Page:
Each year, roughly 200,000 blood transfusions are given at MD Anderson Cancer Center. Some patients experience negative reactions to the transfusions that can exacerbate their illness and lead to the waste of precious blood products such as red and white blood cells, plasma and platelets. While medical staff report and investigate these reactions, they may not be aware that a possible culprit is the very central venous catheter (CVC) that delivers the life-saving blood.
A study published in the April 2014 online issue of TRANSFUSION examined all transfusion reactions at MD Anderson from 2007 to 2011 and revealed CVCs may be a relatively unknown cause of some reactions due to hidden microbes living within the portal.
“Transfusions generally are safe today thanks to the rigorous screening of the donors and testing of the products. Yet some recipients experience reactions such as fever, chills, skin hives or other rare, but severe, reactions,” said study senior investigator Xiang-Yang Han, M.D., Ph.D., professor in Laboratory Medicine. “Transfusion reactions usually are attributed to the blood products or the conditions of the recipients. Our study found that some of these reactions could result from use of the CVC itself due to hidden microbes.”
Microbes, which are all around us, are abundant on the skin and in the oral cavity and lower gut. Many adhere to objects such as an indwelling CVC that is required for the long-term delivery of cancer treatment drugs. A low percentage of CVCs may be colonized by microbes leading to bloodstream infection. At an early stage or due to weak pathogens, these colonies may be subclinical or hidden.
CVCs provide ready vascular access for transfusion and approximately three quarters of the transfusions at MD Anderson — close to 150,000 annually — are made through indwelling CVCs. During transfusion, microbes hidden in CVCs are carried into the bloodstream, causing fever, chills and other signs of infection, as well as mimicking transfusion reactions.
Han, a microbiologist, and co-investigator Ben Lichtiger, M.D., Ph.D., clinical professor in Laboratory Medicine, realized this likelihood in 2006 and started recording the use of CVC in the investigation of transfusion reactions. From 2007 to 2011, a total of 999 transfusion reactions occurred in 857 patients.
Kristin Ricci, M.D., a transfusion medicine fellow and lead author, joined Han and Lichtiger to analyze the reactions. The team collected microbiologic data of patients who had blood samples cultured within seven days before and/or after the transfusion reactions, focusing on 606 reactions in patients with both CVC transfusions and cultures performed. Among them, 60 reactions (10 percent) occurred in patients who had at least one significant microorganism cultured from the blood samples.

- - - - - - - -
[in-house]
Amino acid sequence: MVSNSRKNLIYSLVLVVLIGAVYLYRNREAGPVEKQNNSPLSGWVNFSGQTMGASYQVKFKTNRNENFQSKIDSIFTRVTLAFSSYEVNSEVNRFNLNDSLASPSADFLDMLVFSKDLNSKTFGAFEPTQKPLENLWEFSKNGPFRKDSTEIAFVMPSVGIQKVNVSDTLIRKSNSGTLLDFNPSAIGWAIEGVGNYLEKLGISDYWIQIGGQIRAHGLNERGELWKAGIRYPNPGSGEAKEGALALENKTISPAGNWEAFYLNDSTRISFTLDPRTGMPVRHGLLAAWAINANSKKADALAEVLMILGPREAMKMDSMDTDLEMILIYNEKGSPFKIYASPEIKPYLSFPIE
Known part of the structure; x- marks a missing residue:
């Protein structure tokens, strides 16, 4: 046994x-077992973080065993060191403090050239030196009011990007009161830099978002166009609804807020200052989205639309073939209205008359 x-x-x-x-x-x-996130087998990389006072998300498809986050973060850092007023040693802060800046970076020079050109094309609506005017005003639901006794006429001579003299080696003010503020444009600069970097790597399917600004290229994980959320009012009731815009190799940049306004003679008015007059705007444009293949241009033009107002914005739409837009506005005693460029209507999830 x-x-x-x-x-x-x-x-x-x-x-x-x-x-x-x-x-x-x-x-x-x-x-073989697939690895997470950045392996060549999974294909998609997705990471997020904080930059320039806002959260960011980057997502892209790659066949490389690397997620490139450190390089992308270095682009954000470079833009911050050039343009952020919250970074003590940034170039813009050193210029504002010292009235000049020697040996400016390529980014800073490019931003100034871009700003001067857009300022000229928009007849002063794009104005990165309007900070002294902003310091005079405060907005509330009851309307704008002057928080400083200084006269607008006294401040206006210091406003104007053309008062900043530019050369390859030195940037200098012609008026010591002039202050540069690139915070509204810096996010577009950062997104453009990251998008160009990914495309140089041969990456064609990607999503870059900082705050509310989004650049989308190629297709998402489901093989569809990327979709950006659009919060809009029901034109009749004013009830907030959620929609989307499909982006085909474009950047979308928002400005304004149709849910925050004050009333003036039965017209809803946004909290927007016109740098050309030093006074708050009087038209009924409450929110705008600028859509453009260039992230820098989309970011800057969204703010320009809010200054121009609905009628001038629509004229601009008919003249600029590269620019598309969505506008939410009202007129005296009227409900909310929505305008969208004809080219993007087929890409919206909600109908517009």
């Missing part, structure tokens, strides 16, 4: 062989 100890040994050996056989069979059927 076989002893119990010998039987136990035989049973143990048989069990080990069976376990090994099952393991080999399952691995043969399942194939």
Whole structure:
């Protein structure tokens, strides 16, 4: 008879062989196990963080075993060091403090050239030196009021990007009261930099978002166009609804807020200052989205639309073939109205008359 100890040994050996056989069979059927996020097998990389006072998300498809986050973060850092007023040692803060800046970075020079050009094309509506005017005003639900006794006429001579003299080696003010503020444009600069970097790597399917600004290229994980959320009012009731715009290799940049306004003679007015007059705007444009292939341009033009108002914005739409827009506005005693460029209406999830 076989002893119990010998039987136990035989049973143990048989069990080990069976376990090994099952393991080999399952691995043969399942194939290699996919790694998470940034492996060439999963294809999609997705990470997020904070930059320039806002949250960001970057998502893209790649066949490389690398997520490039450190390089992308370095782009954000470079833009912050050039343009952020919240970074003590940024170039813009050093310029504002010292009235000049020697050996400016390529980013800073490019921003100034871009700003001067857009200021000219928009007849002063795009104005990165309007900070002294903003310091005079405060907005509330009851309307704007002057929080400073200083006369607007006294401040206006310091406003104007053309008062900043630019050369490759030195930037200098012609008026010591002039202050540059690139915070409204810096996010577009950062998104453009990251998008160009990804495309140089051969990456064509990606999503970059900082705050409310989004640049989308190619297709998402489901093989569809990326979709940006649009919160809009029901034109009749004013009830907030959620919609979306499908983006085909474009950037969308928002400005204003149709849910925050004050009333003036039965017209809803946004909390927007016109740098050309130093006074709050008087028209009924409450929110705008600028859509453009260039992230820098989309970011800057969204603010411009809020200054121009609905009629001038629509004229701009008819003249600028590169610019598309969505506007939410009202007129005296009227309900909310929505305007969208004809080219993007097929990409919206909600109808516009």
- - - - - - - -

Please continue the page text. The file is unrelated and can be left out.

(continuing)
“This suggests that the patients may have had catheter-related bloodstream infections caused by CVC transfusion,” said Han. “As far as we know, there is not a general awareness of this connection.”
The authors noted in the TRANSFUSION article that, “while it is intuitive and known that a transfusion port may be colonized by microbes, our study linking transfusion reactions with microbes hidden in the port reflects a close teamwork of specialists in transfusion medicine and microbiology. These findings may have implications for both clinical and laboratory teams with regards to transfusions.”
They added that the risk of bloodstream infection should be weighed against the benefit of convenient vascular access via a CVC.
Because the CVC may remain in the patient for up to several months, the team plans to investigate whether the duration of indwelling CVCs and the type of catheter affects the occurrence of such septic ‘transfusion’ reactions.
The study team also included Fernando Martinez, M.D., assistant professor in Laboratory Medicine. Ricci is now at the Cleveland Clinic.